Tuesday, February 20, 2007

Lke the Cello, the violin, the human voice

Born Clara Reisenberg, Rockmore was a child prodigy on the violin and entered the Imperial conservatory of Saint Petersburg at the age of five. Unfortunately, bone problems due to childhood malnutrition forced her to abandon violin performance past her teen years. That however led her to discover the newborn electronic instrument and arguably become the greatest ever virtuosa of the theremin.

Rockmore had several gifts that enabled her to play the theremin so well. Her classical training gave her an advantage over the many theremin performers who lacked this background, including the instrument's inventor. She had absolute pitch, helpful in playing an instrument that generates tones of any pitch throughout its entire range, including those that lie between the conventional notes. She had extremely precise, rapid control of her movements, important in playing an instrument that depends on the performer's motion and proximity rather than touch. She also had the advantage of working directly with Léon Theremin from the early days of the instrument's commercial development in the United States. Rockmore, as the mature musician she was, saw the limitations of the original instrument and helped to develop the instrument to fulfill her needs, making several suggestions to improve the theremin as a performing instrument. Such suggestions, like a faster volume antenna, wider musical range, and control over the instrument's tone colour were incorporated by the inventor in later versions. It is also remarkable to mention she had a special theremin tailored by Leon Theremin himself to meet her very unique requirements.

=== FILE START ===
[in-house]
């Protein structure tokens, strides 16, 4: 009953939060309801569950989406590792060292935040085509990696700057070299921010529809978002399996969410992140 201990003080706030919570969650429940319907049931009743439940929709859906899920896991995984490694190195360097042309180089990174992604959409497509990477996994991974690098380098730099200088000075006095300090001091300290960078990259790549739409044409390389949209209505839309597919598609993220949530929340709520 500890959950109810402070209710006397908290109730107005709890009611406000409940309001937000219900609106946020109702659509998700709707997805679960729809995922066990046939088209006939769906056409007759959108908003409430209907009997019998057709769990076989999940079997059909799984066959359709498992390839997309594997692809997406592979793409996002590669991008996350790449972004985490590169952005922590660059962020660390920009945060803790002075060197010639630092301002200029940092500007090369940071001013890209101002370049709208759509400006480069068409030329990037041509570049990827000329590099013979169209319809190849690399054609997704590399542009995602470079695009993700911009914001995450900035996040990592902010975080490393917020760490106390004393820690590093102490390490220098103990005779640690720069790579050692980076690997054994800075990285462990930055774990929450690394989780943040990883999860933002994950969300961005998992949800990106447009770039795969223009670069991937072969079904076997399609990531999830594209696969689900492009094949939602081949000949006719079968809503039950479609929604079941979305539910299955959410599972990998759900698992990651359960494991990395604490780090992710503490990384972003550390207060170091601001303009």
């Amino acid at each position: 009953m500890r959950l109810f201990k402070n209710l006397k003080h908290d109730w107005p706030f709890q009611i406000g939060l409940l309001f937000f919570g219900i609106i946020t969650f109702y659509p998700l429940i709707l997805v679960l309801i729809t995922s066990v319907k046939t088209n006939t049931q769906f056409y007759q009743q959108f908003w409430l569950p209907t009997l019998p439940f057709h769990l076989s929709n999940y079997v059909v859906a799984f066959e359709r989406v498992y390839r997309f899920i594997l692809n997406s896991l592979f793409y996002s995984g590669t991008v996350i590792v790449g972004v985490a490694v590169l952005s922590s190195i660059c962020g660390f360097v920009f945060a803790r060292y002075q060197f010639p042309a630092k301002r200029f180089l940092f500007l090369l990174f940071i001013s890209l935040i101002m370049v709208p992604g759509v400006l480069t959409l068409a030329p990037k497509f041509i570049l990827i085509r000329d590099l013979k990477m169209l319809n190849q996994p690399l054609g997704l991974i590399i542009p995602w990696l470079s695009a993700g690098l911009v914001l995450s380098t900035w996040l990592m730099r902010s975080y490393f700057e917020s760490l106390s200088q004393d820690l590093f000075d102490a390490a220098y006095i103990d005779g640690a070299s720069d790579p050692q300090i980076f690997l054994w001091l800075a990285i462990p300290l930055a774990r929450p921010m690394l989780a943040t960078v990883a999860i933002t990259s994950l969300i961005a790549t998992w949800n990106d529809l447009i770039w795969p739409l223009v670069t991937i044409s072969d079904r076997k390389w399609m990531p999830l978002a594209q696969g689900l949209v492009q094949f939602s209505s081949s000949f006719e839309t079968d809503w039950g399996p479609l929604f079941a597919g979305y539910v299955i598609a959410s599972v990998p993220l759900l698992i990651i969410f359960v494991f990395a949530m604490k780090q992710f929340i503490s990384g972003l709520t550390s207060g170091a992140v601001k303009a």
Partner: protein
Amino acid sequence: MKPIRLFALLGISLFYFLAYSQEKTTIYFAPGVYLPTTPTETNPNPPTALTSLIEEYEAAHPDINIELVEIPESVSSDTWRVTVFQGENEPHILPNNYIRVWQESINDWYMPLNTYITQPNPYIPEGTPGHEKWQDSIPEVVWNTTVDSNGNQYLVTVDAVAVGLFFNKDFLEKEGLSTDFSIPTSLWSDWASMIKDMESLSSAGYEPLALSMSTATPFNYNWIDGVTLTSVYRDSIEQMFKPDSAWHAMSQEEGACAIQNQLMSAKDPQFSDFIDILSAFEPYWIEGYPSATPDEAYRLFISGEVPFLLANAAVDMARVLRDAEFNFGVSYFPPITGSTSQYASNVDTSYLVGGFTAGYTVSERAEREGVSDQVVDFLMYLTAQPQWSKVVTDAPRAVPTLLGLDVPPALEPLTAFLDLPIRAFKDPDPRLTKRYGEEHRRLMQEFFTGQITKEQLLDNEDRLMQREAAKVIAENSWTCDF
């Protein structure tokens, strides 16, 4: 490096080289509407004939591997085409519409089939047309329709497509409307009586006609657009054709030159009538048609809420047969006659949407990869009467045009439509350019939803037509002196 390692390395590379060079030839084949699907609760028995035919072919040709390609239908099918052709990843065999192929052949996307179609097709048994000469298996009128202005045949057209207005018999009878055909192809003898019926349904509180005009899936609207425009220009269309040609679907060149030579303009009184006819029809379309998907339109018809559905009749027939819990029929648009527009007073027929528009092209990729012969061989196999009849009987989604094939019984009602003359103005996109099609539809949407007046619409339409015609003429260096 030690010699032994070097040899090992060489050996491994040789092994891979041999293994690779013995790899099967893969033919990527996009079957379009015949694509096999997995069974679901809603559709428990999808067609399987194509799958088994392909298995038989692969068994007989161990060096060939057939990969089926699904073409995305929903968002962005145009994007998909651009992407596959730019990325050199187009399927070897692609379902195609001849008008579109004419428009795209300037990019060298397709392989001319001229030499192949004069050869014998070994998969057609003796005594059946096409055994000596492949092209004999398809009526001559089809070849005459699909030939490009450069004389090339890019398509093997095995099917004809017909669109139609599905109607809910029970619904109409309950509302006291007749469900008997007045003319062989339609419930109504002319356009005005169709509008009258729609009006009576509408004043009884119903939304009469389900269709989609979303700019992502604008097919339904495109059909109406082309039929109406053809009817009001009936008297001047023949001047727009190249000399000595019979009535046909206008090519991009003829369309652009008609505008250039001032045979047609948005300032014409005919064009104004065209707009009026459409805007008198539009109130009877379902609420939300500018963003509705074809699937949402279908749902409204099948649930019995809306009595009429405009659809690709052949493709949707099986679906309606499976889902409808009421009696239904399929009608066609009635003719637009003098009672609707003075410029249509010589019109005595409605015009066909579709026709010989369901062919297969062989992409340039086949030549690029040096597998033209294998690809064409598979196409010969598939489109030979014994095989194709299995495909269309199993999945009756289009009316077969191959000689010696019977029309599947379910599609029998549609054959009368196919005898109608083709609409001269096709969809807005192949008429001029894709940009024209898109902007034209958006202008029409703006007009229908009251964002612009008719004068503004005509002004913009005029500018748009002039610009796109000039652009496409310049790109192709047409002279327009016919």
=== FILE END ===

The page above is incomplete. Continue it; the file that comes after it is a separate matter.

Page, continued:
She developed a whole technique for playing the instrument, including a fingering system, which allowed her to accurately perform fast passages and large note leaps without the much known glissando on theremin.

Rockmore was without peer as a performer in the early decades of the instrument's use. While many listeners have heard the theremin played poorly or used mostly as a spooky special-effects device, Rockmore used it to perform classical works. Under her control, the theremin sounded like a blend of the cello, violin and human voice.

Clara Rockmore - The Art of the Thremin

Theremin World

Theremin Vox

Art's Theremin Page


At 5:34 PM, Anonymous Richard said...

Thanks for a great share - it's nice to see a little imagination in your choice. :-)


At 1:46 AM, Anonymous MacHinery said...

You have me hooked on this v/one. Thanks for this. I put some links up at SFRP for some videos of Theremin love


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